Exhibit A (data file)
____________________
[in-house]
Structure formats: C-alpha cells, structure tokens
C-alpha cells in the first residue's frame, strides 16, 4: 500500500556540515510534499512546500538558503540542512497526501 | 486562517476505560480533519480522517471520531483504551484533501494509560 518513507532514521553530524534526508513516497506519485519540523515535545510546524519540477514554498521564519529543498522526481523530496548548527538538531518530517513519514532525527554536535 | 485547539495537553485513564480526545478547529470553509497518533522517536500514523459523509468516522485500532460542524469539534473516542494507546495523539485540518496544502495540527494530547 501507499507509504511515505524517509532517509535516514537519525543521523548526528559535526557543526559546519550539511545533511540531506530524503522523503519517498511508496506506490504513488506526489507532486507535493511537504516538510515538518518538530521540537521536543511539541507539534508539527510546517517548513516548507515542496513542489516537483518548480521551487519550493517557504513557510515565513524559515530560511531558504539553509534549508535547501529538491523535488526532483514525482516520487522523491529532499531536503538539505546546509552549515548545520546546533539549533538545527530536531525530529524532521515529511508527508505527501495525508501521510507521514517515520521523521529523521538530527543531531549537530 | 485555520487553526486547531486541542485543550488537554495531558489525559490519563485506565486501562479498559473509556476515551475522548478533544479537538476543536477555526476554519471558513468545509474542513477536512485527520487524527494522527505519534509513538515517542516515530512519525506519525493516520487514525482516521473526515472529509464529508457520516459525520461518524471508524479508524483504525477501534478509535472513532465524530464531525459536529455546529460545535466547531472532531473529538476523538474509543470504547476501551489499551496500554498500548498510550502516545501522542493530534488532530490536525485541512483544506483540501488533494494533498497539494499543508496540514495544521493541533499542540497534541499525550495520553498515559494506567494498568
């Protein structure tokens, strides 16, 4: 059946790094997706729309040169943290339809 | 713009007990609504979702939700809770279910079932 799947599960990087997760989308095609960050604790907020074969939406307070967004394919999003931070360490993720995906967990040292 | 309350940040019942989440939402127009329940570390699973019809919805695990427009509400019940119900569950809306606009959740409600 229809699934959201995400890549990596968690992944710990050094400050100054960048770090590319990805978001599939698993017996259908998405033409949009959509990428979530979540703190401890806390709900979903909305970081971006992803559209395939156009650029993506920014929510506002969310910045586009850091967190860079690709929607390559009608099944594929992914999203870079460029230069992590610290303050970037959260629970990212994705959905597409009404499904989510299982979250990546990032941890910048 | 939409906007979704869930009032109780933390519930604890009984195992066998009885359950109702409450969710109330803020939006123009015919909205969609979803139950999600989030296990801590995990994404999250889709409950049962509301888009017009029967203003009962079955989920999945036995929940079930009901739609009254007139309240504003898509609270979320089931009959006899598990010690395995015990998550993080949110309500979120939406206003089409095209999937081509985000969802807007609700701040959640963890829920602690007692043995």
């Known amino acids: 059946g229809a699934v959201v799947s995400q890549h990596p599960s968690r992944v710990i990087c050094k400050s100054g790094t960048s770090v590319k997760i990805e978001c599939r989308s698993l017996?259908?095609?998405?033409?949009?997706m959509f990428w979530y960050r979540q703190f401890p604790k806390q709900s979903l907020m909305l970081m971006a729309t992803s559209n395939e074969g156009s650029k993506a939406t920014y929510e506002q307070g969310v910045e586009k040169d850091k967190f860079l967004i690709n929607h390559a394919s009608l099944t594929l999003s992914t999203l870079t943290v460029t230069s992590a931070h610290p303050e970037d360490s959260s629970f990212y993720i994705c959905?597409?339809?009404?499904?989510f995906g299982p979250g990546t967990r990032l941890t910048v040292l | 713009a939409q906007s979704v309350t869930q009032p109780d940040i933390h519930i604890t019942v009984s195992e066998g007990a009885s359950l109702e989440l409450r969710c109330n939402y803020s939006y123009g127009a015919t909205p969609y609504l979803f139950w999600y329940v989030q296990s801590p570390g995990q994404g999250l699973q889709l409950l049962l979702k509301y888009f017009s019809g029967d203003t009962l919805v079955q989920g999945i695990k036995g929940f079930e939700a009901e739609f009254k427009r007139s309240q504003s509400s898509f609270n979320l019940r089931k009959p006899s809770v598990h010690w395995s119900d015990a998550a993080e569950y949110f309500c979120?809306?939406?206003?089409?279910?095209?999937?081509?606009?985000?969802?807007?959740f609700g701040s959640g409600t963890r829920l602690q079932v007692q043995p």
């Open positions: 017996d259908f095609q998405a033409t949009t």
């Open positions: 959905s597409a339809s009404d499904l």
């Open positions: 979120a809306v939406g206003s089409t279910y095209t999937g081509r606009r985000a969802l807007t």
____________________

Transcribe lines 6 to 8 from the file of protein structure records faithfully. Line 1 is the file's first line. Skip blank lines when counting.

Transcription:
């Open positions: 017996d259908f095609q998405a033409t949009t």
């Open positions: 959905s597409a339809s009404d499904l």
């Open positions: 979120a809306v939406g206003s089409t279910y095209t999937g081509r606009r985000a969802l807007t």